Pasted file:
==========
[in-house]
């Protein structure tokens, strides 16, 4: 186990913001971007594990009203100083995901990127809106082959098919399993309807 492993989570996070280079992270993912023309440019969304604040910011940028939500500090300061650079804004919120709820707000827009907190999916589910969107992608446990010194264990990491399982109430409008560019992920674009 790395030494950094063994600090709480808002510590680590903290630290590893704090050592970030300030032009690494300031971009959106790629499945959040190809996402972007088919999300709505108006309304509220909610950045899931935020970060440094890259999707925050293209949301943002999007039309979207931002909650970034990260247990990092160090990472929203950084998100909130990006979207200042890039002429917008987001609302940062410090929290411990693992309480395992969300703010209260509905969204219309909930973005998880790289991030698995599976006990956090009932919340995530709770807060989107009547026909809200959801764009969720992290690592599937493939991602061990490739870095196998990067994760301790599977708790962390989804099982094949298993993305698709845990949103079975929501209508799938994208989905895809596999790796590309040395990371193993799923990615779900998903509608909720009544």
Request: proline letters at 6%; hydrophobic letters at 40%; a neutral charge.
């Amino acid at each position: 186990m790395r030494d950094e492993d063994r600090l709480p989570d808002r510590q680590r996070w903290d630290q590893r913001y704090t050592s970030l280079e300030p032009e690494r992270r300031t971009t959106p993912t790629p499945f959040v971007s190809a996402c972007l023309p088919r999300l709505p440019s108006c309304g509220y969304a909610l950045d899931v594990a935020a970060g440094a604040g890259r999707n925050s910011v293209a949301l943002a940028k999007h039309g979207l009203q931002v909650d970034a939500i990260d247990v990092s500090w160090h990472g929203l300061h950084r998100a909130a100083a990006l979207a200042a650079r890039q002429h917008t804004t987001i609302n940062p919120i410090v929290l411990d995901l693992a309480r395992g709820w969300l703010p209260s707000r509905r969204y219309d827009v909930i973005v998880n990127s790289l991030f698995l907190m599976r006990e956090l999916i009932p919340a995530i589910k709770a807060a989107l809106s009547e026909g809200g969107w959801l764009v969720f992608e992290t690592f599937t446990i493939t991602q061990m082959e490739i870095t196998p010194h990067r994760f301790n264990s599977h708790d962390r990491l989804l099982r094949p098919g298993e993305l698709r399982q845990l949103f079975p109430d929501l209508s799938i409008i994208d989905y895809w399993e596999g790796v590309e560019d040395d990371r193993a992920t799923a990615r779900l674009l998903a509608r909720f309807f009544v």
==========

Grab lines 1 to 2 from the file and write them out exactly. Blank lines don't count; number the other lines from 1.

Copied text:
[in-house]
């Protein structure tokens, strides 16, 4: 186990913001971007594990009203100083995901990127809106082959098919399993309807 492993989570996070280079992270993912023309440019969304604040910011940028939500500090300061650079804004919120709820707000827009907190999916589910969107992608446990010194264990990491399982109430409008560019992920674009 790395030494950094063994600090709480808002510590680590903290630290590893704090050592970030300030032009690494300031971009959106790629499945959040190809996402972007088919999300709505108006309304509220909610950045899931935020970060440094890259999707925050293209949301943002999007039309979207931002909650970034990260247990990092160090990472929203950084998100909130990006979207200042890039002429917008987001609302940062410090929290411990693992309480395992969300703010209260509905969204219309909930973005998880790289991030698995599976006990956090009932919340995530709770807060989107009547026909809200959801764009969720992290690592599937493939991602061990490739870095196998990067994760301790599977708790962390989804099982094949298993993305698709845990949103079975929501209508799938994208989905895809596999790796590309040395990371193993799923990615779900998903509608909720009544």